Tuesday, May 02, 2006
Writers, go forth!
A few words on writers conferences: Writers, go to them. Go!
We're solitary animals who spend hours of every day alone with our minds, lost in "the swirl and swing of words*." Trying to find an agent or publisher is another solitary act: praying over manila envelopes as we drop them into the jaws of a post box. That's it, the life of a writer: wiggling our fingers all day and then, maybe, dropping our words in a box for some stranger to come along and carry to another stranger. What kind of a job is that? It's wonderful and horrible.
I went to my first SCBWI (Society of Children's Book Writers & Illustrators) conference almost 5 years ago. The national conference is held in a plush hotel in Los Angeles each August and consists of four days, four amazing days that can change your life. I went with that expectation, of course. I would be discovered and come away with a contract to illustrate a book. I put my portfolio on display and waited to hear my name called at the awards ceremony, and I was a little crushed when it wasn't. Over the four days I listened to the discouraging words of the many editors and writers who told us the awful statistics of the slush pile, the great improbability of ever getting published... 2 manuscripts of out 20,000 is a slushpile-to-publication statistic I recently heard. But amidst all those discouraging reality checks was another kind of reality check: everywhere there were published writers. And I'm not talking about the guest speakers. Among the attendees, many many many were published! They proudly showed the galleys of their first picture book, or told their story of how they'd been referred to their agent by a writer in their critique group. Here was overwhelming proof of this great fact: people write books that get published. ALL THE TIME!
I didn't win any awards at that first conference or get any contracts, but I DID see a designer from Chronicle Books linger over my portfolio and take my card, and I DID get the great idea of sending artwork to Ladybug Magazine. I later found out the designer had recommended me for a picture book assignment that ultimately went to someone else, and I have subsequently done numerous illustrations for the art director of Ladybug, so I consider that a successful first conference.
The next time I attended, two years later, I was READY. My portfolio was going to kill, I was sure of it. Again, I waited to hear my name called at the awards ceremony, and again, it wasn't. This time I was much more crushed. But I didn't mope too much. Instead, I talked to people. I pretended to be a self-confident sparkling artist, and I talked to anyone I could get my hooks into, and that pestering led directly to meeting two women who have been hugely important to my creative life. One of them is now my agent, and the other is an editor who nurtured my writing at a tender stage and gave me great hope that has carried me along like a pair of wings.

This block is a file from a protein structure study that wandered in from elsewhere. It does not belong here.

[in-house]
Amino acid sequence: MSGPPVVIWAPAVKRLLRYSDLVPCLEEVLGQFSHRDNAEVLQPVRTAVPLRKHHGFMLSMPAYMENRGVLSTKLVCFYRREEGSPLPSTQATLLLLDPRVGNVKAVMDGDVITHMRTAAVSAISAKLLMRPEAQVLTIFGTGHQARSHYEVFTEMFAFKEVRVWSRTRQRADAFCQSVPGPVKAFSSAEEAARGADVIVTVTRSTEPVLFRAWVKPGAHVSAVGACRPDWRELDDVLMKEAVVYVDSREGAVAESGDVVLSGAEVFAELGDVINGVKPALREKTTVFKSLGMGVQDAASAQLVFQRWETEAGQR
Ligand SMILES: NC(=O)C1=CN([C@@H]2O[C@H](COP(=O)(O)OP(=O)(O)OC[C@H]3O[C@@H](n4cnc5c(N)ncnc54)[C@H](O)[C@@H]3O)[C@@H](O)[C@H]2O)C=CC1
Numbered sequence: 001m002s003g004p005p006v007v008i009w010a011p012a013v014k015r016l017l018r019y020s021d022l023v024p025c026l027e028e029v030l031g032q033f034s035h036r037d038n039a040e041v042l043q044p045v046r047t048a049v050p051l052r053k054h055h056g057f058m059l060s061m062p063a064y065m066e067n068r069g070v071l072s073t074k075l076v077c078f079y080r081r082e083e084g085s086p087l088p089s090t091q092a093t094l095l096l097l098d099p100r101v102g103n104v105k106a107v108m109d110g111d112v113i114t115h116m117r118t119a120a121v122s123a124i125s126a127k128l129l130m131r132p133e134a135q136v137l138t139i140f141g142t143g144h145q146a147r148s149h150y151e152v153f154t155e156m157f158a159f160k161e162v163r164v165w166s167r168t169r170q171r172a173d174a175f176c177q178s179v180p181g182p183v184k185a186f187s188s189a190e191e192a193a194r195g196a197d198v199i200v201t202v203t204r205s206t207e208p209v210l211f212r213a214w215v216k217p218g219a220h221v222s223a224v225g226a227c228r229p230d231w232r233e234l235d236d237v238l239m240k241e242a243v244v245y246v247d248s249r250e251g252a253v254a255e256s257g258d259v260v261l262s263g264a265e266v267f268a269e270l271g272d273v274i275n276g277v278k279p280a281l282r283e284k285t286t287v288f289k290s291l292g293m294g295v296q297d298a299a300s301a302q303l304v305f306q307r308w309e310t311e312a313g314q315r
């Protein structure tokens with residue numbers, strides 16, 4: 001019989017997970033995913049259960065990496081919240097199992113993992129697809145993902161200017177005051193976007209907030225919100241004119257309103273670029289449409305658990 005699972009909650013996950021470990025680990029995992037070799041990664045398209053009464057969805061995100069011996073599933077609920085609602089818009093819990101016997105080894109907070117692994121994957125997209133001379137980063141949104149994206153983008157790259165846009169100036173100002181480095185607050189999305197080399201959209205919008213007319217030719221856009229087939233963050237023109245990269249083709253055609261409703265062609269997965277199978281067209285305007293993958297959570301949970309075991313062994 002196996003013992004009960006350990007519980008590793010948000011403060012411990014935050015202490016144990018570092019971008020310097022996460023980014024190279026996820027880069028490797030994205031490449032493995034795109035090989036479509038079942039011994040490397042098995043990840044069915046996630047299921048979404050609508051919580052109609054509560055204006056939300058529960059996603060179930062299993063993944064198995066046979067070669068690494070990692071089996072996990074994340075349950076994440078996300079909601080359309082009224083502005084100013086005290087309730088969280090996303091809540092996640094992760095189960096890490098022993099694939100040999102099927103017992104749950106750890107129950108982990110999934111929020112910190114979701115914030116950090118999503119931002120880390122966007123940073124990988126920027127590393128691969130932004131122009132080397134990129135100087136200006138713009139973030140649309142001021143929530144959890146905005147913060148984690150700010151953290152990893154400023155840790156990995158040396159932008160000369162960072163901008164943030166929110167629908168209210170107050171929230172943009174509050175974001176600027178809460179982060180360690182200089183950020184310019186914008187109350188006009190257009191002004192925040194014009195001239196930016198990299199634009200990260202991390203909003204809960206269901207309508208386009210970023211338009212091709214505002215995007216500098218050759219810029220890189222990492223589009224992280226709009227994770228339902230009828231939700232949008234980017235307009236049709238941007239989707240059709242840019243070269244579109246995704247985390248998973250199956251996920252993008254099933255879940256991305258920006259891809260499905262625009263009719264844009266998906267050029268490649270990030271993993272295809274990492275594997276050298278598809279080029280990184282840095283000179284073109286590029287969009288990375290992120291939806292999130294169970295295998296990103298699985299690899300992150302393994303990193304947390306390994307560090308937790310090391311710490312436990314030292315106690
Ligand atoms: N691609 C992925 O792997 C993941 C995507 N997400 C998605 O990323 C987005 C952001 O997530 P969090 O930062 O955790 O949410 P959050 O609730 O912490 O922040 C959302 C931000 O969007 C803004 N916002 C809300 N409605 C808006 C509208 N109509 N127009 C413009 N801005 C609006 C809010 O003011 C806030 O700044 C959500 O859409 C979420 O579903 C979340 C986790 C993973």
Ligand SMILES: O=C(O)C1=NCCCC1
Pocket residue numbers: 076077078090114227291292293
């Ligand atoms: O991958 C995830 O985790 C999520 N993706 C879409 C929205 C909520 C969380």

The other thing that came out of that conference was the writing of my first novel. I attended a workshop on writing series for children taught by Dan Greenburg, and that is where a little sprout of an idea discovered what it needed to do to become a book, and now it is a book (that I will speak more about at a later date). I owe so much to writers conferences, I shudder to think where I would be if I had listened to the nagging voice of financial reason and not gone to them. I encourage all writers to seek out gatherings in their areas, or to pile up their pennies and take themselves away to a big fabulous conference like the LA SCBWI. I'm not sure what groups are out there to nurture other kinds of writing, "grown-up writing." but I did hear a radio piece on a convention for romance writers, and Jim and I sold our comic book The Drowned as a direct result of dogged persistence at the San Diego Comic-Con 3 years in a row. I also met the company that licenses Laini's Ladies at a convention where I put on my sparkling confident artist mask and sallied forth with a thumping heart.
Jim and I went up to Seattle this past weekend to attend the SCBWI Western Washington regional conference, and like every conference I've been to it was a magical day of inspiration, where possibility seeps into you and fills you up, and you find your fingers itching to write, and your mind thrumming with ideas, and where maybe, just maybe, you'll sit next to an editor at lunch and they'll like your idea and ask you to send your manscript (you hear stories like that all the time at conferences!) So writers, artists, go forth! Make your dream come true!
*James Michener: "I love writing. I love the swirl and swing of words as they tangle with human emotion."
Posted by Laini Taylor at 9:38 AM